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Posts Tagged ‘Taylor Rochestie’

MAILBAG: APR, the starting five, and recruiting

Posted by Jeff Nusser on May 19, 2008

Welcome to our first edition of the mailbag, where I will attempt to answer your inquisitive questions with my awesome ability to speculate despite a total lack of access to any kind of insider information!

Mike R. wonders about the effect of Thomas Abercrombie’s departure on the team’s APR:

“Perhaps this should be a mailbag question (feel free to answer it then), but what kind of impact will this have on our APR score? Obviously, it’s not as bad when guys leave while in good academic standing, but will this still have a negative impact?”

In a word, yes, it will have a negative impact. But it will be minimal.

The important thing to remember is that while any departure from the program does hurt you a little bit, it only really hurts you a lot when the guy leaves the program academically ineligible or having not made what the NCAA deems as satisfactory progress towards a degree. (Vince Grippi does a great job explaining it here.) We have no reason to believe that was the case with Abercrombie.

And even then, that’s only if the average of the previous four years is below 925. This basketball program is going to soar well over that 925 mark next year, thanks to the abysmally low score in Dick Bennett’s first year finally leaving the four-year average. Even if Abercrombie did leave the program ineligible, chances are good there would be no penalty, anyway. It’s this progress that’s allowed Bennett to take a chance on a talented guy like DeAngelo Casto, who might be a litle bit of a question mark in the classroom. If he doesn’t pan out, no harm, no foul.

Grady over at Stadium Way wonders about the starters in 2008-09:

“Hey, I’ll bite on that mailbag request. What do you think the starting five will be for the Cougs next year?”

Read the rest of this entry »


Posted in Mailbag | Tagged: , , , , , , , , , , , | 12 Comments »

Why we love WSU basketball

Posted by Jeff Nusser on March 27, 2008

We’ve all heard the story about Taylor Rochestie giving up his scholarship next year so the Cougs could pick up another recruit. But I guarantee you’ve never heard it told quite like this.

This is why, no matter what happens tonight, we love this team. And it’s why I count it an absolute blessing and privilege to have a man like Tony Bennett and the men that will take the floor tonight representing my university. It’s why I do what I do with this blog.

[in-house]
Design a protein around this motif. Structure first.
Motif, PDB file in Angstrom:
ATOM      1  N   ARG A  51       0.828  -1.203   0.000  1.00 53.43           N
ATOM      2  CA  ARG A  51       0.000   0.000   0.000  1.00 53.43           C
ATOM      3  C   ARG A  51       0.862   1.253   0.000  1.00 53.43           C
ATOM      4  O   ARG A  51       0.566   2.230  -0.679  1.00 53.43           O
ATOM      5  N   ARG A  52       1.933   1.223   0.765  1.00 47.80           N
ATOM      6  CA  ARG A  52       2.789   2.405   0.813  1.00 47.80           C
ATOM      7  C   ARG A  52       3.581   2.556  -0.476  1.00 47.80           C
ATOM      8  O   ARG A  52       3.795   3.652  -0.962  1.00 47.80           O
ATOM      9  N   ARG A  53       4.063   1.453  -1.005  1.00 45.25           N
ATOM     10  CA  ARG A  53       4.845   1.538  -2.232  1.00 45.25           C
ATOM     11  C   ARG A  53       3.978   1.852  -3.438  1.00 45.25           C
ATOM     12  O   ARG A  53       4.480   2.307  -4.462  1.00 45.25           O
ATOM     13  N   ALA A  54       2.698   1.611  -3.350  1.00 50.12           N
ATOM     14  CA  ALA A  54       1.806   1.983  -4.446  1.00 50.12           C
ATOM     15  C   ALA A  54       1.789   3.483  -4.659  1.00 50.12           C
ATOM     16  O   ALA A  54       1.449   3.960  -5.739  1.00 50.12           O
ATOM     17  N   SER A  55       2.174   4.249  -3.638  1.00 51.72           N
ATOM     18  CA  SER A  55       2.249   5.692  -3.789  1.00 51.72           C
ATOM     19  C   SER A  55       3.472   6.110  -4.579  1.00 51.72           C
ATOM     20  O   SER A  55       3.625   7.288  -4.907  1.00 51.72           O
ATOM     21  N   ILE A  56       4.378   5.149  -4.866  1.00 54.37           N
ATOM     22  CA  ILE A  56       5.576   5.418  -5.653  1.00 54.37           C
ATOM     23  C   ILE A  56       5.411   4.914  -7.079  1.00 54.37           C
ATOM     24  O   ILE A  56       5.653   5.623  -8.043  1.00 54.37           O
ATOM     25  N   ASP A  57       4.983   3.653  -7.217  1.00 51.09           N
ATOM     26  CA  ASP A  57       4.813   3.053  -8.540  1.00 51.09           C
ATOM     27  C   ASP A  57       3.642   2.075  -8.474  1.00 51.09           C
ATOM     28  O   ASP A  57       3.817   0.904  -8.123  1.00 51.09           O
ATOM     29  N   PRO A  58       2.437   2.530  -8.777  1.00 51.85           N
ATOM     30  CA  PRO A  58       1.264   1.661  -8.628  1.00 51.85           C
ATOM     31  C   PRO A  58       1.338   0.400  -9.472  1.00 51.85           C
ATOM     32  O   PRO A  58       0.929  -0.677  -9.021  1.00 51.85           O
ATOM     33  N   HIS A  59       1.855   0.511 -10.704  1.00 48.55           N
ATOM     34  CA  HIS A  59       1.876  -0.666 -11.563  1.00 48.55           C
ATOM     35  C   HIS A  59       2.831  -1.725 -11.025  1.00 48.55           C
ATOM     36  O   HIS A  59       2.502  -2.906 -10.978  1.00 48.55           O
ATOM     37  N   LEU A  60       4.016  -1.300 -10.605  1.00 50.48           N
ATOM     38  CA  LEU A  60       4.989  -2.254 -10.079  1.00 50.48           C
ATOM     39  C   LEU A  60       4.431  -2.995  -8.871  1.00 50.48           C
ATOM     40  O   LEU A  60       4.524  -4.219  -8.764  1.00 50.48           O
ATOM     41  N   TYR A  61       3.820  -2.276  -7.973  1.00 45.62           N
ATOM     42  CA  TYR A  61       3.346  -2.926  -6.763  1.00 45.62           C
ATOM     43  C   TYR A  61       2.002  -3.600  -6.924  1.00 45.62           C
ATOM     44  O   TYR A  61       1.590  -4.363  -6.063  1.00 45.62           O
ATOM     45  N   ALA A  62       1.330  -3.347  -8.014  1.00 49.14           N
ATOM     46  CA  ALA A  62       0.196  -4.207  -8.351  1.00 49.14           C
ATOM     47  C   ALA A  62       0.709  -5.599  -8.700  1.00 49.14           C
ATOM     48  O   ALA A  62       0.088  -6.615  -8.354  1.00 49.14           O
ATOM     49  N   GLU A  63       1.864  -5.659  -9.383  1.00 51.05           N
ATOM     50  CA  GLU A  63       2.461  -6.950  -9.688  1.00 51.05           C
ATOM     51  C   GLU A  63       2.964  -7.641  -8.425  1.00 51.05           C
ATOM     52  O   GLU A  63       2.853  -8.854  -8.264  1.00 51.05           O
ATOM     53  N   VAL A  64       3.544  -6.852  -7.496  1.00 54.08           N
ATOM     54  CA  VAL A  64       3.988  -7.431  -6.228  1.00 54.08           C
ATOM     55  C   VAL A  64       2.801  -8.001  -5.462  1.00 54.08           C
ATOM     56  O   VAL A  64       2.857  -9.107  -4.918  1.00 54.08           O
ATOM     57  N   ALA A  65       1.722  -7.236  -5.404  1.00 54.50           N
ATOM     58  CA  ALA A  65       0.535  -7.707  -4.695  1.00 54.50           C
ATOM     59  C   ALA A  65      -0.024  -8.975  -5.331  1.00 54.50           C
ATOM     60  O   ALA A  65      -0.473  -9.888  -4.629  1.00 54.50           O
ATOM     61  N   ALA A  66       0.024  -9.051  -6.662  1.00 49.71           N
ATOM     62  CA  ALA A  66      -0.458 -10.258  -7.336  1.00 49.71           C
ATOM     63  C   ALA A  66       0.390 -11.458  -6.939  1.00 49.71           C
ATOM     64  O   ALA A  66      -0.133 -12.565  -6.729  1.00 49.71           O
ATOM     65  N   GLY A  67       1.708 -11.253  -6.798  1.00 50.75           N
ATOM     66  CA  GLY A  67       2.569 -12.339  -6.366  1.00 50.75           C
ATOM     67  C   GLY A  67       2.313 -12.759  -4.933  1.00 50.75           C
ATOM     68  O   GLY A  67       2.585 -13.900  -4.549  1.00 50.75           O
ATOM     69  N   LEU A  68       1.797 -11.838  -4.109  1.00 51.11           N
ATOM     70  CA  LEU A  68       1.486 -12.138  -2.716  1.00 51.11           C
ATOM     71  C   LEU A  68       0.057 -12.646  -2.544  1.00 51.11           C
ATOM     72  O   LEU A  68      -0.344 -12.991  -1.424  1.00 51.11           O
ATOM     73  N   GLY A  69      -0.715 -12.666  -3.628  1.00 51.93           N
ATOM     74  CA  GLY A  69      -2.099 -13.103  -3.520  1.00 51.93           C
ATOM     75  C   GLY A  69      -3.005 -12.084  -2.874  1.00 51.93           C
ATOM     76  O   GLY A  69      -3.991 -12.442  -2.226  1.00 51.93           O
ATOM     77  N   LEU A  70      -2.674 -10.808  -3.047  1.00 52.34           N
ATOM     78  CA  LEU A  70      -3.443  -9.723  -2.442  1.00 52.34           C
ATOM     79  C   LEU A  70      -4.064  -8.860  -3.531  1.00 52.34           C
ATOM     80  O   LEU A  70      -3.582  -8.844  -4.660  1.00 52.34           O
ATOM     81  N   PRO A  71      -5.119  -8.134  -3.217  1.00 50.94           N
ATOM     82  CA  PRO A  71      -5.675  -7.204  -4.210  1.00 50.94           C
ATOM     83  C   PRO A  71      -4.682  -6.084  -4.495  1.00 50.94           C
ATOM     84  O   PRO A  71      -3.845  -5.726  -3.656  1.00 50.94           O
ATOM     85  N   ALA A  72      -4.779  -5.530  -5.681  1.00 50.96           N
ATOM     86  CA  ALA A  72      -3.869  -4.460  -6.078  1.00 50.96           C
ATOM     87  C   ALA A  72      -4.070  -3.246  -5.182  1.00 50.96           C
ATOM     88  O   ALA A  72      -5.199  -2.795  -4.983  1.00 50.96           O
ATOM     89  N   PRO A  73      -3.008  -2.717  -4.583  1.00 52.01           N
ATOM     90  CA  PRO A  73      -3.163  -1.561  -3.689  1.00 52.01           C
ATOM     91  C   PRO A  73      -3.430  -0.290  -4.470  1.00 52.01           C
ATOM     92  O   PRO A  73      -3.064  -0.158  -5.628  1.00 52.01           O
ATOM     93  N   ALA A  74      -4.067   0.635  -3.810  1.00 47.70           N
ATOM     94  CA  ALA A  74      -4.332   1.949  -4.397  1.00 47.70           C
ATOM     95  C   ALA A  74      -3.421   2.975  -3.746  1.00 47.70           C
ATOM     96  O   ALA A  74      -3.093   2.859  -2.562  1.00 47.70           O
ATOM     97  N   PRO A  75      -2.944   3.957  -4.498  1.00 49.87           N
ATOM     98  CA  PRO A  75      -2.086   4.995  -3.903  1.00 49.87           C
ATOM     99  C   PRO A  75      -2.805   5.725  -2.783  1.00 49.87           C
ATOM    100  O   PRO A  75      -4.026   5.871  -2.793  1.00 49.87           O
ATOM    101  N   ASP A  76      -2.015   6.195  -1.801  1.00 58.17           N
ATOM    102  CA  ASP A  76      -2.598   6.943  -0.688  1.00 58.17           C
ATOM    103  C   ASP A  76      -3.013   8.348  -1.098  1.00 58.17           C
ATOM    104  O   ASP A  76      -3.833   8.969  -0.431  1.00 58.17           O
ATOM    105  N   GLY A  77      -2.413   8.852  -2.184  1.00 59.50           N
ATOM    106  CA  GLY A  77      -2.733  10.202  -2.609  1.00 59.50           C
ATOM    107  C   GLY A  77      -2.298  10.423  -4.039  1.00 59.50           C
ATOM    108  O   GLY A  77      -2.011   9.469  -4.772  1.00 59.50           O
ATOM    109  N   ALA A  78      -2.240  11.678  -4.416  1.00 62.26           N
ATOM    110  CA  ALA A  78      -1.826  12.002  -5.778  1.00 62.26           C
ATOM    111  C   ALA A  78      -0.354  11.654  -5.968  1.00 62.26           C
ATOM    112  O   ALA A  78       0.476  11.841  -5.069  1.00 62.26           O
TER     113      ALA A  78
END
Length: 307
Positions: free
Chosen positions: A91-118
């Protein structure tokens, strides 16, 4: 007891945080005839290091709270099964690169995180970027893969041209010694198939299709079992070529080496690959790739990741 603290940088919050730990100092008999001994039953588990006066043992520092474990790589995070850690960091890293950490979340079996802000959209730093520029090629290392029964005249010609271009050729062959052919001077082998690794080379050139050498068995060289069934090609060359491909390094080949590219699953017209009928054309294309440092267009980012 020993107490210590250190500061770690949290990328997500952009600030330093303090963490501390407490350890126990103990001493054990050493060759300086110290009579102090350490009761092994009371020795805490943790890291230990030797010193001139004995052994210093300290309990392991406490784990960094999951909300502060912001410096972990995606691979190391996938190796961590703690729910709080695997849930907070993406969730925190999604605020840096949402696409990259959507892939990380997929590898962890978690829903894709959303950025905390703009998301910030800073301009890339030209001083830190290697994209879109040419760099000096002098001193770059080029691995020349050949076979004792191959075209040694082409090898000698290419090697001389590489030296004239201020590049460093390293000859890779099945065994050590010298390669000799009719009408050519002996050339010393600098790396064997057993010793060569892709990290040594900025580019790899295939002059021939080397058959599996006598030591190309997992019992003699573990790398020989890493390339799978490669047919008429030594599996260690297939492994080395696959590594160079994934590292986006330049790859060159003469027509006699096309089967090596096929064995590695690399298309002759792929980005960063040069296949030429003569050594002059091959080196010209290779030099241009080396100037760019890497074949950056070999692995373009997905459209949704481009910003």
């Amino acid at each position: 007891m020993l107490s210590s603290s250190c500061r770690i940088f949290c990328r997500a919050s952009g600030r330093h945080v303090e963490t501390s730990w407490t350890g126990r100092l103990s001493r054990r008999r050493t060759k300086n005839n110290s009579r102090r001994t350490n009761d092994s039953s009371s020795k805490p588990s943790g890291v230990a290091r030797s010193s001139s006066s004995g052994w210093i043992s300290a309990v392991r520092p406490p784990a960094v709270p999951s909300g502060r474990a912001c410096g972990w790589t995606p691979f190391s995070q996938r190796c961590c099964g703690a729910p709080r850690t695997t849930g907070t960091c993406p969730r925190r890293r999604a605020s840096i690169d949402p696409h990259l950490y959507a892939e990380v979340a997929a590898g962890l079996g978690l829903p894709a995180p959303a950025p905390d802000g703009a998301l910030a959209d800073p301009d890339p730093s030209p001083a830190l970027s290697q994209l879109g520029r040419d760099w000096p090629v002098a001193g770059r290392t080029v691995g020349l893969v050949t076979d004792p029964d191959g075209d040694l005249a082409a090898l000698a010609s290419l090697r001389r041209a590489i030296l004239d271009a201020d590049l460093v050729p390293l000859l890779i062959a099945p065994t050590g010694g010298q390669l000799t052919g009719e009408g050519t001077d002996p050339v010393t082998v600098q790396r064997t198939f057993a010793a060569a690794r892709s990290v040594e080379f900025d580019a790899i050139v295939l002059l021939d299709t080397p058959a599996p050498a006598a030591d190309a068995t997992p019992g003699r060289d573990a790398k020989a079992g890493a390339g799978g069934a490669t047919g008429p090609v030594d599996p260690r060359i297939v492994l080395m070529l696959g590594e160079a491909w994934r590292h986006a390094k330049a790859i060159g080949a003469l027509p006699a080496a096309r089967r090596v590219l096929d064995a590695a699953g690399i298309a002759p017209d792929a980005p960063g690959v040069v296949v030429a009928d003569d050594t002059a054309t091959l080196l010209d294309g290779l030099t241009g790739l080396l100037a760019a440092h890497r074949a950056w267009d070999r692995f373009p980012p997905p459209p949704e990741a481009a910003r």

The beauty of a selfless act is that it begets more selfless acts. Tony Bennett gave Rochestie a chance when no one else would. Rochestie gave up his scholarship when the team needed it. And everybody on the team knows it, which means when it comes time for the next selfless act — showing up for extra workouts during the offseason, sticking around for an extra hour to help a struggling teammate shoot jumpers, staying up and talking with a teammate who had a particularly rough day, giving a guy a ride — they’ll do it.

Not because they have to. Because they want to.

Thanks to Longball for passing the link along. 

Posted in Around the 'Net | Tagged: , , | 2 Comments »

Best performance of the season so far

Posted by Jeff Nusser on February 29, 2008

Today’s going to be a two-post day, because I’m finding as I’m writing that I have a lot to say. (Which, of course, will come as a complete shock to anyone who knows me.) Here’s the first one, a look back at last night. I’ll have one a little later on the defense.

In the wake of the Arizona loss, we were left with a number of questions floating around in our heads.

We wondered if the offensive funk against the Sun Devils and the Wildcats was an aberration or a sign of something bigger, such as tired legs. We wondered if we should simply chalk the second consecutive poor performance against Arizona to matchup problems.

Most of all, we wondered if the four-game win streak, in which the Cougs played the kind of defense that reminded us of last year, was a mirage — and if our hopes for a high NCAA seeding were slipping away before our eyes.